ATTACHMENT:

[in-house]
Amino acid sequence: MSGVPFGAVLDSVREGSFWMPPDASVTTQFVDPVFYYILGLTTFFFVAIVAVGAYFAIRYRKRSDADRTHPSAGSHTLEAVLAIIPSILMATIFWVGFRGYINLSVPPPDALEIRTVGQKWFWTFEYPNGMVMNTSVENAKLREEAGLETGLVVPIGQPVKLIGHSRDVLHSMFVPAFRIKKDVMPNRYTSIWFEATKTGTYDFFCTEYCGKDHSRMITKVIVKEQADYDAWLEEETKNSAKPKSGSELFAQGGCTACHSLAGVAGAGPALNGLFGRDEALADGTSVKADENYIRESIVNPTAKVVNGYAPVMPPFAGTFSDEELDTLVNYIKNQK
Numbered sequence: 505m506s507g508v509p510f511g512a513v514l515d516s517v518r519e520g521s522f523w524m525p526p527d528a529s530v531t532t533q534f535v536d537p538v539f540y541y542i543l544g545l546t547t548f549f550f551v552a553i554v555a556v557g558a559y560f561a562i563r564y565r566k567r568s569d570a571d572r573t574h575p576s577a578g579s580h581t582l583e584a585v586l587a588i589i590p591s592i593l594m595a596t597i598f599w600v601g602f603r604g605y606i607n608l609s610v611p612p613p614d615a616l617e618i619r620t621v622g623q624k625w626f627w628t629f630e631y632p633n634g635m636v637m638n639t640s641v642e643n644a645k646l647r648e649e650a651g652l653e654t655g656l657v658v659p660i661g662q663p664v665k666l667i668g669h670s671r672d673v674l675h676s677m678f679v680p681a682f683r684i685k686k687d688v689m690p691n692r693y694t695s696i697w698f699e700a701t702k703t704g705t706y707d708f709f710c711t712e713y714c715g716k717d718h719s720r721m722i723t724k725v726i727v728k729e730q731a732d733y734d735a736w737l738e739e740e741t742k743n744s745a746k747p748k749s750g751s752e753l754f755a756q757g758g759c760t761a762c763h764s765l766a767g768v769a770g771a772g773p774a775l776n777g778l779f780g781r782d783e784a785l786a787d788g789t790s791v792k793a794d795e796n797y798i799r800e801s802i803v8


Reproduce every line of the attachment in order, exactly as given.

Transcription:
[in-house]
Amino acid sequence: MSGVPFGAVLDSVREGSFWMPPDASVTTQFVDPVFYYILGLTTFFFVAIVAVGAYFAIRYRKRSDADRTHPSAGSHTLEAVLAIIPSILMATIFWVGFRGYINLSVPPPDALEIRTVGQKWFWTFEYPNGMVMNTSVENAKLREEAGLETGLVVPIGQPVKLIGHSRDVLHSMFVPAFRIKKDVMPNRYTSIWFEATKTGTYDFFCTEYCGKDHSRMITKVIVKEQADYDAWLEEETKNSAKPKSGSELFAQGGCTACHSLAGVAGAGPALNGLFGRDEALADGTSVKADENYIRESIVNPTAKVVNGYAPVMPPFAGTFSDEELDTLVNYIKNQK
Numbered sequence: 505m506s507g508v509p510f511g512a513v514l515d516s517v518r519e520g521s522f523w524m525p526p527d528a529s530v531t532t533q534f535v536d537p538v539f540y541y542i543l544g545l546t547t548f549f550f551v552a553i554v555a556v557g558a559y560f561a562i563r564y565r566k567r568s569d570a571d572r573t574h575p576s577a578g579s580h581t582l583e584a585v586l587a588i589i590p591s592i593l594m595a596t597i598f599w600v601g602f603r604g605y606i607n608l609s610v611p612p613p614d615a616l617e618i619r620t621v622g623q624k625w626f627w628t629f630e631y632p633n634g635m636v637m638n639t640s641v642e643n644a645k646l647r648e649e650a651g652l653e654t655g656l657v658v659p660i661g662q663p664v665k666l667i668g669h670s671r672d673v674l675h676s677m678f679v680p681a682f683r684i685k686k687d688v689m690p691n692r693y694t695s696i697w698f699e700a701t702k703t704g705t706y707d708f709f710c711t712e713y714c715g716k717d718h719s720r721m722i723t724k725v726i727v728k729e730q731a732d733y734d735a736w737l738e739e740e741t742k743n744s745a746k747p748k749s750g751s752e753l754f755a756q757g758g759c760t761a762c763h764s765l766a767g768v769a770g771a772g773p774a775l776n777g778l779f780g781r782d783e784a785l786a787d788g789t790s791v792k793a794d795e796n797y798i799r800e801s802i803v8